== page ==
Johnson & Johnson’s one-shot vaccine generated strong protection against Covid-19 in a large, late-stage trial, raising hopes that it can rapidly reshape a stumbling immunization campaign.

In the more than 44,000-person study, the vaccine prevented 66% of moderate to severe cases of Covid-19, according to a company statement on Friday. And it was particularly effective at stopping severe disease, preventing 85% of severe infections and 100% of hospitalizations and deaths.

“If you can prevent severe disease in a high percentage of individuals, that will alleviate so much of the stress and human suffering” of the pandemic, said Anthony Fauci, the top U.S. infectious-disease official, at a briefing on the results with company and government officials.

Based on the result, J&J plans to file for an emergency-use authorization in the U.S. next week. The drug giant’s top scientist said this month that he expects a clearance in March, and that it would have product ready to ship then. The company didn’t specify how much of the vaccine would be available immediately, though it reaffirmed that the U.S. would receive 100 million doses in the first half of the year.

Shares of J&J declined 4% to $162.52 in premarket trading on Friday.

If cleared, J&J’s vaccine could go a long way toward ending the pandemic. Competing vaccines from Moderna Inc. and Pfizer Inc. have generated stronger overall efficacy rates, but require two shots to be given before their full benefits take hold. J&J’s shot also can be kept in a refrigerator for three months, while those from Pfizer and Moderna must be kept frozen.

“This is a single shot that can be given easily, it protects completely from that which we fear, having to go to the emergency room or a hospital,” said Mathai Mammen, head of global research and development for J&J’s pharmaceutical division, in an interview. “It’s going to change the nature of the disease.”

Concerns about keeping second doses of the current shots on hand have complicated the push to get as many people as possible inoculated. Some countries have chosen to spread out the time between doses to address the problem, at the risk of diminishing their effectiveness.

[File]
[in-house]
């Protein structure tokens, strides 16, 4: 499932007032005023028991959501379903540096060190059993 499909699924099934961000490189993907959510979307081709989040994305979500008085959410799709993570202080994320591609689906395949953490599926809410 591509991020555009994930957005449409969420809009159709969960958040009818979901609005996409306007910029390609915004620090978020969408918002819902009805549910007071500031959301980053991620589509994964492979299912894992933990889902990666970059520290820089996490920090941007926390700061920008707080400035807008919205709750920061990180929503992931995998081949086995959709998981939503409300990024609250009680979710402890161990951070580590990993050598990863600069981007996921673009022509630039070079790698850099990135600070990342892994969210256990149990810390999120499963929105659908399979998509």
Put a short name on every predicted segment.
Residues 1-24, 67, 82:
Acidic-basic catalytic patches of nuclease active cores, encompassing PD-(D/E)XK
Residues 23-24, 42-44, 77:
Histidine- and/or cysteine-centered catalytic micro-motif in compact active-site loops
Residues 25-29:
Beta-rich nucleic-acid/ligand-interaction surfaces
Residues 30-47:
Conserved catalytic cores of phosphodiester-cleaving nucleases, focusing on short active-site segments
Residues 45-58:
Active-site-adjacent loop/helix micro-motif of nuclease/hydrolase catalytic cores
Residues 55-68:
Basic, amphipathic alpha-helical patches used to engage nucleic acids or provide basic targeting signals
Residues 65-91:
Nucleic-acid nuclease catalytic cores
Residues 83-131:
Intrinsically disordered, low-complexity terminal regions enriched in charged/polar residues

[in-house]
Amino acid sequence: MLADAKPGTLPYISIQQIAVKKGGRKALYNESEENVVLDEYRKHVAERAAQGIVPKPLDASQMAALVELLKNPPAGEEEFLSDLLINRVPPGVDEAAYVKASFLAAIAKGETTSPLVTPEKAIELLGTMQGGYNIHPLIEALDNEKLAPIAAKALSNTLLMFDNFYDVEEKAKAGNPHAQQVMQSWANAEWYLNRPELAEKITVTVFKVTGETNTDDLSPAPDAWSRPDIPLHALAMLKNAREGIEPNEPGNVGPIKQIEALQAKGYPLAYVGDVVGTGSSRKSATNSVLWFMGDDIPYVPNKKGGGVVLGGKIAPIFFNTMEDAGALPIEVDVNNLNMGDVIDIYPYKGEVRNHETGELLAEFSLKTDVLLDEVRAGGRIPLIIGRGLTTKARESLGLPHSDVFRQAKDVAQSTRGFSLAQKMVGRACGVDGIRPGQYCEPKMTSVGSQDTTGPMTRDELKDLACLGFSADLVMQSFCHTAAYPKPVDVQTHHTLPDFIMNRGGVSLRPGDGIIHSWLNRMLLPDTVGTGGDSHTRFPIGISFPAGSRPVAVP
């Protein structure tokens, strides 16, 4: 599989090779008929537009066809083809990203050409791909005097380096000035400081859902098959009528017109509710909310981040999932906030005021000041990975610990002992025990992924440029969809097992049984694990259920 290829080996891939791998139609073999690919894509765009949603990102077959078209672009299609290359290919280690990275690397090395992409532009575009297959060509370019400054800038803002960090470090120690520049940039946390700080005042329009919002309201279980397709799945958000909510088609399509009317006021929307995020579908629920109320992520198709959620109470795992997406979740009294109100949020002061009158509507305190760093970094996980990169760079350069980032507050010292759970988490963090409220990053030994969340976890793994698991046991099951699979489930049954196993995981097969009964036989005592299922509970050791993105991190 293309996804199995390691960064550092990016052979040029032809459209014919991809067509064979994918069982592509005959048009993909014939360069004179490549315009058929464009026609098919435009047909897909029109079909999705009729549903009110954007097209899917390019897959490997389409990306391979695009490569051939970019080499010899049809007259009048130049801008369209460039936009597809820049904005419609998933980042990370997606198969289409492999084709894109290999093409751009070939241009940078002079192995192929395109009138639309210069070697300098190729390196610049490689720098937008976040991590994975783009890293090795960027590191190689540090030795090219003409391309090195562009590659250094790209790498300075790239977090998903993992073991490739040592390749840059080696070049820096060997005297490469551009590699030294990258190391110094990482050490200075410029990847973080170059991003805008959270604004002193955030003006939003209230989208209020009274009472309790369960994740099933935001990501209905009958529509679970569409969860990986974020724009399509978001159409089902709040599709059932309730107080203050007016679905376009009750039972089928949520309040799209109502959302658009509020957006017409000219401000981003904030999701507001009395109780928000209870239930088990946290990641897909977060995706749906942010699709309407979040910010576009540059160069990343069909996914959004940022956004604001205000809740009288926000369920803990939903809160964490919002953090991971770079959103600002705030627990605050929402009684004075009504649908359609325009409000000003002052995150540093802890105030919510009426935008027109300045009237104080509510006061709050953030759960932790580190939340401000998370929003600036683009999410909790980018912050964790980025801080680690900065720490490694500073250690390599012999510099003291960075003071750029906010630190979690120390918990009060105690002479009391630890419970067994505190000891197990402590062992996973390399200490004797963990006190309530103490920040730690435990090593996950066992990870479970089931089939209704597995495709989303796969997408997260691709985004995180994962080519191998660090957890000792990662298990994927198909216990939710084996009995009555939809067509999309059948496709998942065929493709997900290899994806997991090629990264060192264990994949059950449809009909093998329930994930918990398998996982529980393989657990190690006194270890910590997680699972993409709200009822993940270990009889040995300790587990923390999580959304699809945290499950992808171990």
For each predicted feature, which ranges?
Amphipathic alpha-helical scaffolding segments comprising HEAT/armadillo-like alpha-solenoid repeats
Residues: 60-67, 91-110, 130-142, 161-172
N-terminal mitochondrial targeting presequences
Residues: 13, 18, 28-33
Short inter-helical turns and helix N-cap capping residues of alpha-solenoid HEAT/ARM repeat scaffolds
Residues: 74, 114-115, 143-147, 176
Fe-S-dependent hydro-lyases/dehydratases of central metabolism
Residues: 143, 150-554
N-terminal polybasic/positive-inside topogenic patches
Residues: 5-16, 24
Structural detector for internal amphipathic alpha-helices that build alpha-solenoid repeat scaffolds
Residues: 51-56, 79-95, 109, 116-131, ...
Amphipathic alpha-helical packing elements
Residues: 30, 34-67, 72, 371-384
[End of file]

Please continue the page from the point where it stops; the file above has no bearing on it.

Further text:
The rise of new coronavirus variants has added to the pressure to get immunizations moving faster. The J&J trial was conducted around the globe, including at dozens of clinical-trial sites in hot spots such as South Africa and Brazil where new variants have caused infections to rise.

J&J’s results produced more evidence that the variants will be harder to ward off. In the U.S., where mutations aren’t thought to be as widespread, the vaccine was 72% effective. But in South Africa, where a variant called B.1.351 is circulating widely, it was only 57% effective. And the shot was 66% effective in Latin America.

Nonetheless, J&J’s vaccine is likely to give countries around the world a powerful new tool to fight a virus that has infected more than 101 million people and killed 2.2 million worldwide.

If confirmed, the results suggest people could get one dose of the vaccine to provide initial protection against severe consequences, allowing them to return to their pre-pandemic lives. Then, if needed, they could later take a booster shot J&J is testing in other large, late-stage trials that could produce results before year-end.

J&J said a review by a monitoring board identified no significant safety concerns. While 9% of people who took the shot developed a fever, there were no severe allergic reactions.

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